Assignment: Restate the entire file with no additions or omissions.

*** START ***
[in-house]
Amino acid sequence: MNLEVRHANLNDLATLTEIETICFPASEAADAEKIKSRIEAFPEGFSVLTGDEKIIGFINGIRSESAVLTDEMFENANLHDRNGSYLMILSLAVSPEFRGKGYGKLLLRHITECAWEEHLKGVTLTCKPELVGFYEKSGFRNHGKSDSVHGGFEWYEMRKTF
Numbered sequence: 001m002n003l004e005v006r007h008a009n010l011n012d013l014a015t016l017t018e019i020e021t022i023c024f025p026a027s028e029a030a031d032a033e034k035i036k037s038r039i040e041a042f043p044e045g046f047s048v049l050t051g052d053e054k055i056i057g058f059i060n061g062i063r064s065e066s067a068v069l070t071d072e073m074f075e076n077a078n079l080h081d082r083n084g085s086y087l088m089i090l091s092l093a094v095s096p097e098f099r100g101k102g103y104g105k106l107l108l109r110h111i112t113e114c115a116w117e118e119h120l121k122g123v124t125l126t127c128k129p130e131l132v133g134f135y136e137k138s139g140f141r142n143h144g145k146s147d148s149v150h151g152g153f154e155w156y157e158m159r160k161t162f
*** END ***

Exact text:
[in-house]
Amino acid sequence: MNLEVRHANLNDLATLTEIETICFPASEAADAEKIKSRIEAFPEGFSVLTGDEKIIGFINGIRSESAVLTDEMFENANLHDRNGSYLMILSLAVSPEFRGKGYGKLLLRHITECAWEEHLKGVTLTCKPELVGFYEKSGFRNHGKSDSVHGGFEWYEMRKTF
Numbered sequence: 001m002n003l004e005v006r007h008a009n010l011n012d013l014a015t016l017t018e019i020e021t022i023c024f025p026a027s028e029a030a031d032a033e034k035i036k037s038r039i040e041a042f043p044e045g046f047s048v049l050t051g052d053e054k055i056i057g058f059i060n061g062i063r064s065e066s067a068v069l070t071d072e073m074f075e076n077a078n079l080h081d082r083n084g085s086y087l088m089i090l091s092l093a094v095s096p097e098f099r100g101k102g103y104g105k106l107l108l109r110h111i112t113e114c115a116w117e118e119h120l121k122g123v124t125l126t127c128k129p130e131l132v133g134f135y136e137k138s139g140f141r142n143h144g145k146s147d148s149v150h151g152g153f154e155w156y157e158m159r160k161t162f